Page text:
Percutaneous Right Internal Jugular And Right Subclavian Arterial Biventricular Support In The Management Of Adult Cardiogenic Shock
Richard W. Walsh1, Michael T. Cain2, Bernice Badu1, Courtney Goulet1, Lucian A. Durham, III3, Lyle D. Joyce3, Asim Mohammed4, David L. Joyce3.
1Medical College of Wisconsin, Milwaukee, WI, USA, 2Department of Surgery, Medical College of Wisconsin, Milwaukee, WI, USA, 3Department of Surgery, Division of Cardiothoracic Surgery, Medical College of Wisconsin, Milwaukee, WI, USA, 4Department of Cardiology, Medical College of Wisconsin, Milwaukee, WI, USA
BACKGROUND: Acute biventricular failure poses a unique challenge due to the morbidity associated with conventional support techniques, such as venoarterial extracorporeal membrane oxygenation (VA ECMO). Recent developments in percutaneously inserted right and left ventricular support devices have made these minimally invasive options useful in acute failure. Biventricular percutaneous support in the adult population for treatment of acute cardiogenic shock not been reported. Here we present our early experience with this technique. METHODS: A retrospective review of a prospectively collected database was performed for all patients receiving biventricular percutaneous support from March 2018 to December 2018. Inclusion criteria were for patients suffering acute cardiogenic shock and that received concomitant percutaneous biventricular support. This support was provided via a right ventricular support device (RVAD) inserted in the right internal jugular vein combined with a left ventricular support device (LVAD) inserted in the right subclavian artery. Primary endpoint was patient survival to device explant. Patient characteristics, pre and post-operative variables, and short-term outcomes were collected with a focus on patient hemodynamics and device related complications. RESULTS: 4 patients met inclusion criteria age 20-75 (median 59). Etiologies of heart failure included viral cardiomyopathy (n=1), acute Ischemic heart disease (n=2), and post cardiotomy biventricular failure (n=1). Median preoperative cardiac index was 1.8L/min/m2 (ranged 1.5-2.6), with median cardiac output of 3.8 L/min (2.9-6.7) . Ejection fraction was 5%-60% on inotropic support, with a median preoperative vasoactive inotrope score (VIS) of 32.1 (18-43.8). Patients normalized their preoperative lactic acidosis after a median of 3 hours and were noted to have a median immediate postoperative reduction in VIS score of 12.2 (1-23.1, Figure 1) after device implantation. Patients received biventricular support for 5.5 days (range 1-11). Two patients survived to device explant, with no patient suffering device related stroke, pulmonary emboli, valvular injury, or bleeding requiring reintervention.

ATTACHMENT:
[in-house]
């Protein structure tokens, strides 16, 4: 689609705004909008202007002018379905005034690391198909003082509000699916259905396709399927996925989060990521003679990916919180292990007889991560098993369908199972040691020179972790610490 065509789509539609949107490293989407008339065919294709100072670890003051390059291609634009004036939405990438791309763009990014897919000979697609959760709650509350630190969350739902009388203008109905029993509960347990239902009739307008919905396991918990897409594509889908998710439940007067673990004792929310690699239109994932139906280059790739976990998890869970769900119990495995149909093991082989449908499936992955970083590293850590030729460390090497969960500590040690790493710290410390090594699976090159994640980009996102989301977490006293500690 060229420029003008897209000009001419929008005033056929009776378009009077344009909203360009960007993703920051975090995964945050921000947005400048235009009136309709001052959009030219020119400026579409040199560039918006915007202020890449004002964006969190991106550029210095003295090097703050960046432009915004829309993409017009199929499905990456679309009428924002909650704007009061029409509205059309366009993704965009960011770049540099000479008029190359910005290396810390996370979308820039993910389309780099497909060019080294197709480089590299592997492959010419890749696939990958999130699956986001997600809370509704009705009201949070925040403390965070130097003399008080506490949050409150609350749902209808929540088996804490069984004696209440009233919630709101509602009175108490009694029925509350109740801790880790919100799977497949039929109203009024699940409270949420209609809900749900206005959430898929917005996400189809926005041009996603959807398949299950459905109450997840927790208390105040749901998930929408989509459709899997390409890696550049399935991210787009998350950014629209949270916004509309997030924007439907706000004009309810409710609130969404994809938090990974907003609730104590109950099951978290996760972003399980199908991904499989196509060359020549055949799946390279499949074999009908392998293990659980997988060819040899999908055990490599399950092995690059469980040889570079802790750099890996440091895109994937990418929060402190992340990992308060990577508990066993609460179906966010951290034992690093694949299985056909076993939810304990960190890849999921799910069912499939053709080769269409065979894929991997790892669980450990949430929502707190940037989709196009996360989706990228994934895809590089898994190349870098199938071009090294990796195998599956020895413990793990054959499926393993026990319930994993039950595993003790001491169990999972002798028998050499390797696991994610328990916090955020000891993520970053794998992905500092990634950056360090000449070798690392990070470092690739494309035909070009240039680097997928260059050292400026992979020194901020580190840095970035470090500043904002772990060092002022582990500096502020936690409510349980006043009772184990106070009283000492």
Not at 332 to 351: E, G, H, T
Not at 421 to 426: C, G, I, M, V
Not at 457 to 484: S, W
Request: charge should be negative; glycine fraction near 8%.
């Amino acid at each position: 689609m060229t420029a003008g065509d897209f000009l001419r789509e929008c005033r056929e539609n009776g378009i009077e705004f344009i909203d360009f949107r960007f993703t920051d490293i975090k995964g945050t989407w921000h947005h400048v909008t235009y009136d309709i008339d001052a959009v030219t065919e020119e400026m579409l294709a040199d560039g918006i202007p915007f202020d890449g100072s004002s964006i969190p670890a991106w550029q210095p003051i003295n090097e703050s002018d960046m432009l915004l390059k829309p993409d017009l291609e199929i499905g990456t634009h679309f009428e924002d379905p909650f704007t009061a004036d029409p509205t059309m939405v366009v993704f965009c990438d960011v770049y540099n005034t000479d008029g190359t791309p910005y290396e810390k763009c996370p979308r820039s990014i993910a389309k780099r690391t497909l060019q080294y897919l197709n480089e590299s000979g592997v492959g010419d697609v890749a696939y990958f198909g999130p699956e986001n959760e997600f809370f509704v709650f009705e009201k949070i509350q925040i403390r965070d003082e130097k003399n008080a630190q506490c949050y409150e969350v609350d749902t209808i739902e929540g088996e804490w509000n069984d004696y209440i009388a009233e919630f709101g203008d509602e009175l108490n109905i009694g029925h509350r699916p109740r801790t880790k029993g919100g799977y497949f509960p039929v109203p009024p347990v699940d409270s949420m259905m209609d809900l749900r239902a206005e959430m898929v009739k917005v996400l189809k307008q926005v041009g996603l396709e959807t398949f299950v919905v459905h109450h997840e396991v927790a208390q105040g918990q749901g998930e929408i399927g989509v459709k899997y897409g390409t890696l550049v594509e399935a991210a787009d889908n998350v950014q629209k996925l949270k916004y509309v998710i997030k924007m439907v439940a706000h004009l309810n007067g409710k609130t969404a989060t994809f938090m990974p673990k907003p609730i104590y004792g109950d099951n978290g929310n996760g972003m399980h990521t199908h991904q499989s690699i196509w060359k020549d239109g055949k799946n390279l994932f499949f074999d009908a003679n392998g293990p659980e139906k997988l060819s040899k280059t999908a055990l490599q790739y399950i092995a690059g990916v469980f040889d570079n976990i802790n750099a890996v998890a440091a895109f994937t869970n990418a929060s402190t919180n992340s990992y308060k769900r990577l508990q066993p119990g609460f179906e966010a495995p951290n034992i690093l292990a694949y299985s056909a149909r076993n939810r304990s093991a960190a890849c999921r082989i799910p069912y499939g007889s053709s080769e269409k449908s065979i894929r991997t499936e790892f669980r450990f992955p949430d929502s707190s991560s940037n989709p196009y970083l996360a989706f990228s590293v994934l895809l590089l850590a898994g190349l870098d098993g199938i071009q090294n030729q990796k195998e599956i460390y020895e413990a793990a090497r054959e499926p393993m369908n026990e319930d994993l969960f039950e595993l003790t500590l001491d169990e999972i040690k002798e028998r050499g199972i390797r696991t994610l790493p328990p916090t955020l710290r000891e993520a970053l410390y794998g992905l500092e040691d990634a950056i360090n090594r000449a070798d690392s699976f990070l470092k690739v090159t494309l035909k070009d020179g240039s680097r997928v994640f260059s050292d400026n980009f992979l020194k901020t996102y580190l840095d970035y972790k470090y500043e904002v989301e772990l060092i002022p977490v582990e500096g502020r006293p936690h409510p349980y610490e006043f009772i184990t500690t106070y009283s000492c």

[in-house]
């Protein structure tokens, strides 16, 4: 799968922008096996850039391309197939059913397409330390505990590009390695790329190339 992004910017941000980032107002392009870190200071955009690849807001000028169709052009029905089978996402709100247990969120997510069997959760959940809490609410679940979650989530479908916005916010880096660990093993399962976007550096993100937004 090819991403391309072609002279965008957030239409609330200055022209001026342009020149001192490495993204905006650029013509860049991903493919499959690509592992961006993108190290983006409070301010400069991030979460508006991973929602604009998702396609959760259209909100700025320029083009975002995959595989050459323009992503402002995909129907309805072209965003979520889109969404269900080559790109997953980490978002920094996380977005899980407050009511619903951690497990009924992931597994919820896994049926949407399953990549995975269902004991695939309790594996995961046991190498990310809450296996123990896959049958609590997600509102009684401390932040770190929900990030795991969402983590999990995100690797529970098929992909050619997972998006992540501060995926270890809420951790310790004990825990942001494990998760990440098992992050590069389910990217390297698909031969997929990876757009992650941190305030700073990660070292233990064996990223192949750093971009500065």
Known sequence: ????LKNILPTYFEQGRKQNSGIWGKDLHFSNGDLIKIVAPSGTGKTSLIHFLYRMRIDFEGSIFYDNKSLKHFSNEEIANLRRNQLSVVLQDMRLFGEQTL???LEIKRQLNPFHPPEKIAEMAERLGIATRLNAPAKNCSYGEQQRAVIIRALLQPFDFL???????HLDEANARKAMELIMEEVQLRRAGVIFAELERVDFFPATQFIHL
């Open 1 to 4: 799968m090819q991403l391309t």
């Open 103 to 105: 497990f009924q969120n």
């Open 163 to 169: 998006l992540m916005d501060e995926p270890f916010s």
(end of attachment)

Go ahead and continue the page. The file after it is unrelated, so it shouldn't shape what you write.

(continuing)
CONCLUSIONS: Combined percutaneous RVAD and LVAD implantation can successfully be employed as a stand-alone therapy, or as a bridge to further treatment in patients with cardiogenic shock. This novel technique warrants further investigation and refinement, and can potentially offer a rapidly deployed minimally invasive alternative to VA ECMO in select patients.
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